25 October 2022
Oil prices dropped on Monday, with WTI price falling below the $84 per barrel level before paring some of the day’s losses. If the WTI price declines, it may encounter support near $82.1 per barrel, while resistance can be found at the $93.4 per barrel level.
Lower-than-expected data for Chinese oil demand put pressure on oil prices on Monday. Although demand increased in September compared to August, Chinese crude oil import data is approximately 2% lower than last year. China is the world’s largest energy importer and concerns about renewed lockdowns are stifling oil demand. China’s zero-Covid policy has isolated the country and has dealt a heavy blow to its economy.
Global recession fears are also pushing oil prices down. Economic activity data on Monday fuelled global recession concerns, pushing oil prices down. Services and Manufacturing PMI data were lower than expected across the board, indicating economic contraction in Europe, the US, and the UK.
Increasingly hawkish Fed rhetoric has promoted a risk aversion sentiment boosting the dollar and putting pressure on oil prices. Aggressive rate hikes stifle economic activity, undercutting oil demand. Fed rhetoric remained hawkish last week, boosting the odds of a sharp rate hike at the Fed’s next monetary policy meeting in November. A 75-bps rate hike is expected in November and has already been largely priced in by markets. Sharp rate hikes and continuous fiscal tightening run the risk of tipping some of the world’s leading economies into recession though.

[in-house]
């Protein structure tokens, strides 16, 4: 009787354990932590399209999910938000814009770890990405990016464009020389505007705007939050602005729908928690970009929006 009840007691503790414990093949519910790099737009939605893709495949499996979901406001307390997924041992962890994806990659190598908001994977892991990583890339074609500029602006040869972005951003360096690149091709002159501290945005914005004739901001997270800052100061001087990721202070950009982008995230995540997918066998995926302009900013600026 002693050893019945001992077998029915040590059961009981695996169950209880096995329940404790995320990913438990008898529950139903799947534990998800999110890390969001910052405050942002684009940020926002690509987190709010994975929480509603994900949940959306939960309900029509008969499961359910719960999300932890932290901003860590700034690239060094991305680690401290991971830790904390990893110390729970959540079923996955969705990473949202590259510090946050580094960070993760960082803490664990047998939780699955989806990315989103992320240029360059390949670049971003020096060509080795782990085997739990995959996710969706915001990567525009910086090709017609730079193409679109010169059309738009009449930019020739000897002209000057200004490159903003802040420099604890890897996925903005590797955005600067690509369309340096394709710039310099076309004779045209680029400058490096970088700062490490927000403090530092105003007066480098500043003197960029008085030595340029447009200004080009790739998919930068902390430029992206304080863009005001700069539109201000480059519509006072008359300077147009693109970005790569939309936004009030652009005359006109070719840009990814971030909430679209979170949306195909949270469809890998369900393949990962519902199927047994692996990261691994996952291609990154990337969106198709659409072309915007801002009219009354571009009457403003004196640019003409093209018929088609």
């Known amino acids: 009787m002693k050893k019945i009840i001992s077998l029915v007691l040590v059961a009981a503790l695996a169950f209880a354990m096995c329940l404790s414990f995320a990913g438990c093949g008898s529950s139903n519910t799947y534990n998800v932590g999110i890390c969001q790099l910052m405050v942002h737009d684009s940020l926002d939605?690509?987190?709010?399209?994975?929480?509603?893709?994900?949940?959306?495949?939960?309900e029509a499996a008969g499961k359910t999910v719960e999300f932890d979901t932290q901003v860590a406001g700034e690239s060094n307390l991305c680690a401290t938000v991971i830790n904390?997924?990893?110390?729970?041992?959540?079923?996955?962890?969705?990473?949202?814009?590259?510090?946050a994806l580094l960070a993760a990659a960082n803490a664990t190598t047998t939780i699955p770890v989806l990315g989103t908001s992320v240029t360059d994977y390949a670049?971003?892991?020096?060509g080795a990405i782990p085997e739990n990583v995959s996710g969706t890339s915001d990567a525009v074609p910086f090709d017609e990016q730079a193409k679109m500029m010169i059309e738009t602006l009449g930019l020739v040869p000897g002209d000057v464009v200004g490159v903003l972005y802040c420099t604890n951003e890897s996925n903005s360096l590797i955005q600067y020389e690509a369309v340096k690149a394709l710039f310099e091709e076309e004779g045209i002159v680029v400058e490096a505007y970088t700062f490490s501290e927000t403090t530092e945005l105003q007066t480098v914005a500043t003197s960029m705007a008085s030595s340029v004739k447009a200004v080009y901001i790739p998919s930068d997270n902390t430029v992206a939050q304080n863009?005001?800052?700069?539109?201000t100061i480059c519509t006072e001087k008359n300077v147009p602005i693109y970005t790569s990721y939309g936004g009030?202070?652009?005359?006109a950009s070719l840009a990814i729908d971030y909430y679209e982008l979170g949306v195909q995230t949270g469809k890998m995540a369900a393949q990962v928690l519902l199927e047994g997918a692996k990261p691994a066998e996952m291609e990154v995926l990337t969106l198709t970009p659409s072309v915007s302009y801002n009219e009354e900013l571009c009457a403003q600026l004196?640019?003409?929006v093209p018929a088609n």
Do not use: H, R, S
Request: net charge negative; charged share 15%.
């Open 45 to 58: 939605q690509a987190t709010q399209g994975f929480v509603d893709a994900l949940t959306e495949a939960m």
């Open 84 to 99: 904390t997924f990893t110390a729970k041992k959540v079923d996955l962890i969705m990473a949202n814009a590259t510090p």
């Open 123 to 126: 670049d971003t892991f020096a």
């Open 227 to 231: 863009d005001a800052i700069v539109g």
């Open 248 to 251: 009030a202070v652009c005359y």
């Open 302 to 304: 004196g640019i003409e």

The Biden administration announced the release more of barrels from the US Strategic Petroleum Reserves last week, checking the ascend of oil prices. Oil prices remain high ahead of the US midterm elections, causing a headache for the US government. US President Joe Biden announced a plan to sell 15 million barrels from the SPR representing the latest tranche of the 180-million-barrel program.
OPEC+ recently decided on a massive output cut of 2 million BPD starting in November. OPEC performed the largest reduction since 2020 in a bid to raise prices, led by Saudi Arabia and Russia. OPEC+ members strive to reclaim the $100 per barrel key level despite mounting global recession risks. The US and the EU have been striving to convince the Saudis to increase oil output and provide some relief to the energy crisis and also to deprive Russia of its huge earnings from oil exports. OPEC however seems to have turned its back on the West.
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